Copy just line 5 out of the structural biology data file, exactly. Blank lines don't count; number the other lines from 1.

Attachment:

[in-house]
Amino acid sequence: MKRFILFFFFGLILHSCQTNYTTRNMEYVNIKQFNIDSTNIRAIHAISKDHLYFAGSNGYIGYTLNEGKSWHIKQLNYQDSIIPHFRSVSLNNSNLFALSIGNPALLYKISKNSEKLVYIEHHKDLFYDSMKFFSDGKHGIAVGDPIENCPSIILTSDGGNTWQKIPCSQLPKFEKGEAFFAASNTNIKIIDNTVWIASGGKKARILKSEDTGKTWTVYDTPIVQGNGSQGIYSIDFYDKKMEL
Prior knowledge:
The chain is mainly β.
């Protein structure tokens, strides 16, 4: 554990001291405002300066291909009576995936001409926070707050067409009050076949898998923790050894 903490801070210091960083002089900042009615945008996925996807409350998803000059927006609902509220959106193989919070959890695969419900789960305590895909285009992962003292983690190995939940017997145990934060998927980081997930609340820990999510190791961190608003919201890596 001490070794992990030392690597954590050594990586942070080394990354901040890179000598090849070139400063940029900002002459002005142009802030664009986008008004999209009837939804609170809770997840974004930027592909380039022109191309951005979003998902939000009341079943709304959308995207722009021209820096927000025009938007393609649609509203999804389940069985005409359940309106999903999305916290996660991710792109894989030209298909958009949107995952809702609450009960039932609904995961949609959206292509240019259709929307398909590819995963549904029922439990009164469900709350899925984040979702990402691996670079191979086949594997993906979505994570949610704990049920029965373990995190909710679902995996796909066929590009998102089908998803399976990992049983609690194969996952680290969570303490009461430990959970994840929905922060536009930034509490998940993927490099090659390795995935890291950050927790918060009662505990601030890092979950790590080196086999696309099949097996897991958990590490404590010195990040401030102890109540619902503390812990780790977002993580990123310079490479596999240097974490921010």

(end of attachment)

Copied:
């Protein structure tokens, strides 16, 4: 554990001291405002300066291909009576995936001409926070707050067409009050076949898998923790050894 903490801070210091960083002089900042009615945008996925996807409350998803000059927006609902509220959106193989919070959890695969419900789960305590895909285009992962003292983690190995939940017997145990934060998927980081997930609340820990999510190791961190608003919201890596 001490070794992990030392690597954590050594990586942070080394990354901040890179000598090849070139400063940029900002002459002005142009802030664009986008008004999209009837939804609170809770997840974004930027592909380039022109191309951005979003998902939000009341079943709304959308995207722009021209820096927000025009938007393609649609509203999804389940069985005409359940309106999903999305916290996660991710792109894989030209298909958009949107995952809702609450009960039932609904995961949609959206292509240019259709929307398909590819995963549904029922439990009164469900709350899925984040979702990402691996670079191979086949594997993906979505994570949610704990049920029965373990995190909710679902995996796909066929590009998102089908998803399976990992049983609690194969996952680290969570303490009461430990959970994840929905922060536009930034509490998940993927490099090659390795995935890291950050927790918060009662505990601030890092979950790590080196086999696309099949097996897991958990590490404590010195990040401030102890109540619902503390812990780790977002993580990123310079490479596999240097974490921010």